When scripting your argument, it's critical that you understand the big picture and the other side's point of view. Empathy (the ability to understand other people's perspective) and the ability to change the way you communicate based on how a conversation is going are two of the most important skills you can develop—and two of the most impactful ways to improve your negotiation and persuasion performance.

Think about how different a conversation goes if, rather than immediately asking for four days a week of remote work, you first share the many reasons that you believe the company values office time—such as collaboration, productivity, interpersonal connections, face-to-face communication, and culture. Then, you explain why your proposal might be able to balance your objectives with those of the organization.

Similarly, it's reasonable to expect questions around precedent (i.e. “If we accept your proposal, what do we do with everyone else that asks to permanently work remotely?”). Thus, any good script should prepare answers to these types of questions as well.  

In addition, do your best to work through these conversations in the richest medium possible. If you can have them in person, great. If not, at least have them on a video conference platform. Seeing the other person can help you to communicate more sensitively and better understand the other side's point of view—and vice versa. Conversations like this (which are complex and have important consequences) are always best done within the richest mediums possible.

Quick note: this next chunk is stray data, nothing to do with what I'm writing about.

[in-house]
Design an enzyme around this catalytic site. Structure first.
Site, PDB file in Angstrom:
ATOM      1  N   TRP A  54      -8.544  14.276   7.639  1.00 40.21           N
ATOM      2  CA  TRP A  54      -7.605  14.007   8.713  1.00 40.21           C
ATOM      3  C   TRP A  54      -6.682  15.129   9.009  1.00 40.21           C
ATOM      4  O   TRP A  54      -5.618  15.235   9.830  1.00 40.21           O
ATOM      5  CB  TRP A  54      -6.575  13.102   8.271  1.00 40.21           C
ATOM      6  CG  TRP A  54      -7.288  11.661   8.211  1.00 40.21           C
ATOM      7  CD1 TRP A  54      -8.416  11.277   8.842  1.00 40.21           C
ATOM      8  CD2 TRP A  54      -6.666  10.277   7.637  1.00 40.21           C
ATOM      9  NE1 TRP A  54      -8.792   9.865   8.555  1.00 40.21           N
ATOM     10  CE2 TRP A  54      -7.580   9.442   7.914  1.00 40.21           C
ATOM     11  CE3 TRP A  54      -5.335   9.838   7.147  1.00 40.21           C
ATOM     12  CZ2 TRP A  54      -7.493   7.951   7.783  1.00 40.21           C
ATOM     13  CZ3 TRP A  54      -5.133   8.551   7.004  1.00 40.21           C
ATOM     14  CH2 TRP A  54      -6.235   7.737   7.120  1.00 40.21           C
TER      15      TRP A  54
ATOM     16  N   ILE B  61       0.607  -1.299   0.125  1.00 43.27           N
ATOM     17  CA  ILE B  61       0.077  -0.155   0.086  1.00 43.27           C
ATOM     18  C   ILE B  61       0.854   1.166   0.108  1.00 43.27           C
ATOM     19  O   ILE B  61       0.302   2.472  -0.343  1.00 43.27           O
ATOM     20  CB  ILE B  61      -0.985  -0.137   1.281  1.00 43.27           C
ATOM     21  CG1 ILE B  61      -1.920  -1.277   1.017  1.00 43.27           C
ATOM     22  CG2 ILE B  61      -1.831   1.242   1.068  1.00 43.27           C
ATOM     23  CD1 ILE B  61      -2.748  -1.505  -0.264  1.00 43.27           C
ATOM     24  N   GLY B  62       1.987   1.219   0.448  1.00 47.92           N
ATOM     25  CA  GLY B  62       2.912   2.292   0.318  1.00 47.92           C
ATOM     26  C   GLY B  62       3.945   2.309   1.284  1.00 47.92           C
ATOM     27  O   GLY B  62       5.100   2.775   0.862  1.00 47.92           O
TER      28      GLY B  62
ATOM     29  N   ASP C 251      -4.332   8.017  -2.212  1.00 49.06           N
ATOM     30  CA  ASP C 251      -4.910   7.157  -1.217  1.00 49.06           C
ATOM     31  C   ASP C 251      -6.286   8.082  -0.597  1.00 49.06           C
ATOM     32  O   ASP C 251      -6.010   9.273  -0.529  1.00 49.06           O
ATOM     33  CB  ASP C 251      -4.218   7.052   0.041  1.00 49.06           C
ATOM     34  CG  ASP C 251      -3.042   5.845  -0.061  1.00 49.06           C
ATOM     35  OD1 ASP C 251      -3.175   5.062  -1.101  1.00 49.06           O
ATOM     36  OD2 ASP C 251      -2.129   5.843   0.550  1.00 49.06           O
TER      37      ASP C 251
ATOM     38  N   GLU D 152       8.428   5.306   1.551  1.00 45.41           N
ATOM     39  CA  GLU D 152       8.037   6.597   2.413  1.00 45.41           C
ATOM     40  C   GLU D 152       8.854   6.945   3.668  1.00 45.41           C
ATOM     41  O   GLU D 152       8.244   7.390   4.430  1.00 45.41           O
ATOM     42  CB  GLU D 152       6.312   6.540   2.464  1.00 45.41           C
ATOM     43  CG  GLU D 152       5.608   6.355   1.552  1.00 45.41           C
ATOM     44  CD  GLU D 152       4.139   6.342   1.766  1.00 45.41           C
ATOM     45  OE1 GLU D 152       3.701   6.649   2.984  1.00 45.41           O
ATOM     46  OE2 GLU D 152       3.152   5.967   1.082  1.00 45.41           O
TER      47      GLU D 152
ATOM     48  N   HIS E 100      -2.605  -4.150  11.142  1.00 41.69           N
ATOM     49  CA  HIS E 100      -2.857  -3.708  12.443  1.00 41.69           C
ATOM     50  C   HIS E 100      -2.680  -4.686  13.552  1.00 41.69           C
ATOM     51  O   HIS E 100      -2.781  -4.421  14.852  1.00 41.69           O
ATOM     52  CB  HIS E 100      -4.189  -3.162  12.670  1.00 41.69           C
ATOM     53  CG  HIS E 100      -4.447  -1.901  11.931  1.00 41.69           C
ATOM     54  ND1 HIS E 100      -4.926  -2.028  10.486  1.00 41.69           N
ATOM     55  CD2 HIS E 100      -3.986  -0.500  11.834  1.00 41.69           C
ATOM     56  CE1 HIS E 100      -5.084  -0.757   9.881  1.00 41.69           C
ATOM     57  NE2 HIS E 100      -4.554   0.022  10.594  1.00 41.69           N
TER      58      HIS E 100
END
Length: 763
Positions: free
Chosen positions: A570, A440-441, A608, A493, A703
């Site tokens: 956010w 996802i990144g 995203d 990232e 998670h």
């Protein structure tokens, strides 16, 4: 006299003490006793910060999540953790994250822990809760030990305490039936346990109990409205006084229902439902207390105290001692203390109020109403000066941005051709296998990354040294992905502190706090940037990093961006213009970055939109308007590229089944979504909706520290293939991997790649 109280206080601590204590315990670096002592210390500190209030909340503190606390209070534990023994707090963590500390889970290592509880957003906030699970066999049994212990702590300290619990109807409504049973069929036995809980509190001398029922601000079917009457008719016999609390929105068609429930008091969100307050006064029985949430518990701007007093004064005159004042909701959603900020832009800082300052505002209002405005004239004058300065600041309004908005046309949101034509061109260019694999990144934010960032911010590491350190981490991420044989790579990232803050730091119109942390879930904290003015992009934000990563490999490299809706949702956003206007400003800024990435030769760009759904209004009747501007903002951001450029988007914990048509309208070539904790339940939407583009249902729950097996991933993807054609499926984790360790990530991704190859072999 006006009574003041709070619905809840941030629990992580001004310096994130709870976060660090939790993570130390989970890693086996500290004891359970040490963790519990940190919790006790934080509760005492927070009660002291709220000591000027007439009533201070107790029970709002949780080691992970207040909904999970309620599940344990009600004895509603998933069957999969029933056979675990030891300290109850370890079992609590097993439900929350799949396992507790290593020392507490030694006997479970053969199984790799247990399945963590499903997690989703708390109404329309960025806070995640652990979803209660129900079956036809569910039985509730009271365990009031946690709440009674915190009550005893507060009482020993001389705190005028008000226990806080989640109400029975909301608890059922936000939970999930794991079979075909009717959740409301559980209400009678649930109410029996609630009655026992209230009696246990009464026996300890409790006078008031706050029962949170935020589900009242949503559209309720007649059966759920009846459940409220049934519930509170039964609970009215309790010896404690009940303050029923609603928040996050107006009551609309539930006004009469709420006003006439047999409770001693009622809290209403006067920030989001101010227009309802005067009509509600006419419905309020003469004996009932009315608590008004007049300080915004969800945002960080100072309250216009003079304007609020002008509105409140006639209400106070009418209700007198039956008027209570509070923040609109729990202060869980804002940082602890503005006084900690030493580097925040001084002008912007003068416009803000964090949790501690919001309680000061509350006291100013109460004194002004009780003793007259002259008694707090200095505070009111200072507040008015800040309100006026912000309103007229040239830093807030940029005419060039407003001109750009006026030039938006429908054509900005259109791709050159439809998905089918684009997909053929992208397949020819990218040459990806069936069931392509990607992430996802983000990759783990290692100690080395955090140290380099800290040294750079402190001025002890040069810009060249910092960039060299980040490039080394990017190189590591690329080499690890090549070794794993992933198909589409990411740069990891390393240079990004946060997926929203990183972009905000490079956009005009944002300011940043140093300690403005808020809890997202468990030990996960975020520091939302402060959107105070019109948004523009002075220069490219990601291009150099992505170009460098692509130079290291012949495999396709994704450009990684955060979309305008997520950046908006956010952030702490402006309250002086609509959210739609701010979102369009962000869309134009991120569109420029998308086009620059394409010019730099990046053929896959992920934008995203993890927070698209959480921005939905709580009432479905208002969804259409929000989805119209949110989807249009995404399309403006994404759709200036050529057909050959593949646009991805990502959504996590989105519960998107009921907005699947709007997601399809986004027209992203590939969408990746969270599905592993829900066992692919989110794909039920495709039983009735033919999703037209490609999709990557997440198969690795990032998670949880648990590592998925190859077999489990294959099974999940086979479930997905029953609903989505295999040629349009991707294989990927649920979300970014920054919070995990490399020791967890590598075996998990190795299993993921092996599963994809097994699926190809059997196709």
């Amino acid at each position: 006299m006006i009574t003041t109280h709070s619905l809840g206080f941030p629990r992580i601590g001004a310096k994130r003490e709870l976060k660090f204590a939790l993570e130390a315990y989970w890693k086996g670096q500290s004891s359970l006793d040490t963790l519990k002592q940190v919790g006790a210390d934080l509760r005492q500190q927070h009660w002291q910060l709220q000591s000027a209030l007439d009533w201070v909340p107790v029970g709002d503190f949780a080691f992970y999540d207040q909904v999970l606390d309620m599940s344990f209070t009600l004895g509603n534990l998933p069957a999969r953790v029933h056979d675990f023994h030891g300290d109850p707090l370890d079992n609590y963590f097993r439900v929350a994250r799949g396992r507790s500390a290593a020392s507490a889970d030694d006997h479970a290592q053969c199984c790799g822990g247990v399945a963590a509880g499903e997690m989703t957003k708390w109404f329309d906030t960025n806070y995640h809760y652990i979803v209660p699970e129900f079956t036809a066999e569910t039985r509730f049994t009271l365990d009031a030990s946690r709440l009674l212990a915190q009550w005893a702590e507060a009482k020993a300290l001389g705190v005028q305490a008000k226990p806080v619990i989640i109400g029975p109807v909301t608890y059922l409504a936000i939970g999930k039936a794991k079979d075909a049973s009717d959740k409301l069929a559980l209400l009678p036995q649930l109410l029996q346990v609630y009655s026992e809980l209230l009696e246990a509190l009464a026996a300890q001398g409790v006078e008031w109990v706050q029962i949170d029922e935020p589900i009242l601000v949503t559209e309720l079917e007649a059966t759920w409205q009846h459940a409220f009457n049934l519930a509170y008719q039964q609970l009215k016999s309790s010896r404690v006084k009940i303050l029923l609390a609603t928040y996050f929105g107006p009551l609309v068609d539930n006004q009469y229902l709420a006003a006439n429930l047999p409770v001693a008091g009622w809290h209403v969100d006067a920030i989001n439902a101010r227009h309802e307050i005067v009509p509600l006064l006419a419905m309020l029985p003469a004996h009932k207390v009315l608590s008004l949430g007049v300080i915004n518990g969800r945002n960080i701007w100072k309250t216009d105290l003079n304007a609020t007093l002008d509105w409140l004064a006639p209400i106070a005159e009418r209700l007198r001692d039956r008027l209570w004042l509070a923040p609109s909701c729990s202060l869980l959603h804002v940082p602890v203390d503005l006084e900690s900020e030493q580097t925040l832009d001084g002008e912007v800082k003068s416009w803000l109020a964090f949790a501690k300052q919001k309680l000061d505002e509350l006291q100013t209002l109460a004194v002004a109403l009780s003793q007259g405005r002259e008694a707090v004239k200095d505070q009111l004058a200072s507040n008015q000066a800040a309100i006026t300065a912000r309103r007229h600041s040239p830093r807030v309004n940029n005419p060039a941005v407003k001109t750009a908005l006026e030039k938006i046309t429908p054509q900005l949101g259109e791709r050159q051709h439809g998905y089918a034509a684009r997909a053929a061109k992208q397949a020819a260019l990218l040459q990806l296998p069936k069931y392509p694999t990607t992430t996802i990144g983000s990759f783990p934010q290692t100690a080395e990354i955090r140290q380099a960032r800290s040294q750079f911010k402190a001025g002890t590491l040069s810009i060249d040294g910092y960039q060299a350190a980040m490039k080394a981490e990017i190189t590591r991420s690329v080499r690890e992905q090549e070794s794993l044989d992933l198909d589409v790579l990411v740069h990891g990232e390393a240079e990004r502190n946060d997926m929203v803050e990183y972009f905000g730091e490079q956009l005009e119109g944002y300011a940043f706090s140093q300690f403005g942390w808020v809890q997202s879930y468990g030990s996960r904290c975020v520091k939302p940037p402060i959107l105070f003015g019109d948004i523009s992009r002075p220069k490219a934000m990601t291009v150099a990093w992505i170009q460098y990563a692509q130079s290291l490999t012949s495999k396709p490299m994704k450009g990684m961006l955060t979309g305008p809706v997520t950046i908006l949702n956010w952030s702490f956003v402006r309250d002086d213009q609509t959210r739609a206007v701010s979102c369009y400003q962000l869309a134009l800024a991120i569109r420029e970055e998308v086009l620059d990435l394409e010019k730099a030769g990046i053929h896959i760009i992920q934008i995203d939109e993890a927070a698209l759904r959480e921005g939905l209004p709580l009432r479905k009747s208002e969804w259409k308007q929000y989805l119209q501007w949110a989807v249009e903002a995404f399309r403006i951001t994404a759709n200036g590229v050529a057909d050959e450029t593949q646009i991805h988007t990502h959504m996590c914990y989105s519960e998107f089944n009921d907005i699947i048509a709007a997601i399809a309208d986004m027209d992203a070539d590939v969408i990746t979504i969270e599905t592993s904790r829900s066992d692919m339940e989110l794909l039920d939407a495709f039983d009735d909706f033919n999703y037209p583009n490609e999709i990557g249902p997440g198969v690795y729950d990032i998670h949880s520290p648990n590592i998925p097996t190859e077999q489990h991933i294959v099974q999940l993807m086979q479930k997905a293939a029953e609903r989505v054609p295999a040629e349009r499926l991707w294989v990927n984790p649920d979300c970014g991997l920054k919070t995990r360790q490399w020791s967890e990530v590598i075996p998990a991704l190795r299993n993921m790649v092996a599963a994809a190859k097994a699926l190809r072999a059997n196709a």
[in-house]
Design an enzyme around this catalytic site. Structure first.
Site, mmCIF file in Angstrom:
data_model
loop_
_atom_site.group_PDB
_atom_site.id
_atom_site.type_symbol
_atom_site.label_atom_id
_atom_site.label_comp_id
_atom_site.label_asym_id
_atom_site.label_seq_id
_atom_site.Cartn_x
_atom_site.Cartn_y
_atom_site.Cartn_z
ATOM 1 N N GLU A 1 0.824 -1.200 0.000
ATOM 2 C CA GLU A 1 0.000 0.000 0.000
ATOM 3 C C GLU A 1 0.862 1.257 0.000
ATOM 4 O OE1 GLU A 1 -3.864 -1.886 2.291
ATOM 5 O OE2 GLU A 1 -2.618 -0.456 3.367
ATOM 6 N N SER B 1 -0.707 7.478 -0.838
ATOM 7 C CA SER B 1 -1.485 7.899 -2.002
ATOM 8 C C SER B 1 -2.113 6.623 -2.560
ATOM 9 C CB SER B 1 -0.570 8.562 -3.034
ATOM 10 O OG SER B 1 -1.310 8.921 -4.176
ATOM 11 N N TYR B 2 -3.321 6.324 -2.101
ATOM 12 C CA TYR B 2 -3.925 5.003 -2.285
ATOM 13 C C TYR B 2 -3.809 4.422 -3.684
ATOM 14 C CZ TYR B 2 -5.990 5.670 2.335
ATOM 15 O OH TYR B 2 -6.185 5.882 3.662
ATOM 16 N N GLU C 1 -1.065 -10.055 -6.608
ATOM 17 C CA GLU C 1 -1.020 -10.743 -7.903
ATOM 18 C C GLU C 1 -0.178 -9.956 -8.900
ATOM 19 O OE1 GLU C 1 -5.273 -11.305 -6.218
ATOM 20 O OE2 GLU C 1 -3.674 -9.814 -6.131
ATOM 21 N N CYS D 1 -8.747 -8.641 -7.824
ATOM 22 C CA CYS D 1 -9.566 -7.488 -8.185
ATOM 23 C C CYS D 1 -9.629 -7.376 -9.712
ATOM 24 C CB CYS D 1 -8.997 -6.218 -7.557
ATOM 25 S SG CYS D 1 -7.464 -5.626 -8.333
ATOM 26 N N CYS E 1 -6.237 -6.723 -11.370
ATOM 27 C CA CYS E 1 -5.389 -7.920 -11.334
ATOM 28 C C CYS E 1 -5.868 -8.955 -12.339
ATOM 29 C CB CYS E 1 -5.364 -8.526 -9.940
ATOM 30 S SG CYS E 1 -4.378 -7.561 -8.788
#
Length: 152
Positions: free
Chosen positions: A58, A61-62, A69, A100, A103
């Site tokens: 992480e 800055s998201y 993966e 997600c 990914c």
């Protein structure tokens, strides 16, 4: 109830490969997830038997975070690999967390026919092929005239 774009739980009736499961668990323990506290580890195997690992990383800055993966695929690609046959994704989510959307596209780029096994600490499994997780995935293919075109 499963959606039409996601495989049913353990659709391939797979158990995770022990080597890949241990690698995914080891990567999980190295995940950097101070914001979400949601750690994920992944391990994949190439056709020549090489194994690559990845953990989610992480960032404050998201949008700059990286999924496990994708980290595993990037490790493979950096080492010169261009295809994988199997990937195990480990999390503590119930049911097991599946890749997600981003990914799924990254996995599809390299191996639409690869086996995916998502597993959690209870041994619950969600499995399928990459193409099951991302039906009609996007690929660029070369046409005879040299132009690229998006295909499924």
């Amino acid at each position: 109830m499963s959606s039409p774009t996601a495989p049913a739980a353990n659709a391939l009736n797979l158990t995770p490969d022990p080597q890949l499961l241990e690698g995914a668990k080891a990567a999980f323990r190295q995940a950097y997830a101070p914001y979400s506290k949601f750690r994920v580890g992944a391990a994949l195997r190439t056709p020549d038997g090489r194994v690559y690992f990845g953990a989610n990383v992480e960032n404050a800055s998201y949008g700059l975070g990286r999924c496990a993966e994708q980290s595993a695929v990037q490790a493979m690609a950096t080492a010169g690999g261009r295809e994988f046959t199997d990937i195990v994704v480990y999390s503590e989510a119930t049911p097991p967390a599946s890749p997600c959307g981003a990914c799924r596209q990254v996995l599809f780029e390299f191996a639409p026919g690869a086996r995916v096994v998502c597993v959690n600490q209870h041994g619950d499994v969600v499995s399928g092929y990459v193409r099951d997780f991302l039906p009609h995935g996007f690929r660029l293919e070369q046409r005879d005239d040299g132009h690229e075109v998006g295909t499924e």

4. Negotiate more than just one item at a time

Remember that negotiating over one topic can quickly become a zero-sum game. So, try to negotiate over several topics—number of days, days of the week, specific hours, upcoming promotions, other benefits, etc. This allows you to work collaboratively to come up with a solution that works for both parties, as it’s highly unlikely that both parties will have the same priorities. You might care more about which days of the week you work remotely, while the company may care more about how many days it is—and this allows for a win-win solution. 

A final note

If the steps above aren't enough to convince your employer or boss, don't give up. Table the conversation to a later date. But, make sure that if you table it, you're specific about when you’ll pick it back up—otherwise, it can quickly fall into the “it’s not the right time to bring it back up” trap, which may never end.

Remember, companies understand the importance of employee satisfaction. They know that many other organizations have moved to permanent work-from-home or hybrid structures. And they realize that many employees value flexibility. But it can take time for companies to make significant changes, so be patient and stick with it!

Andres Lares is the managing partner of Shapiro Negotiations Institute, which provides negotiation, influence, and sales training to top companies like Bank of America, Boeing, Bristol-Myers Squibb, ESPN, and Verizon. He is also the co-author of Persuade: The 4-Step Process to Influence People and Decisions.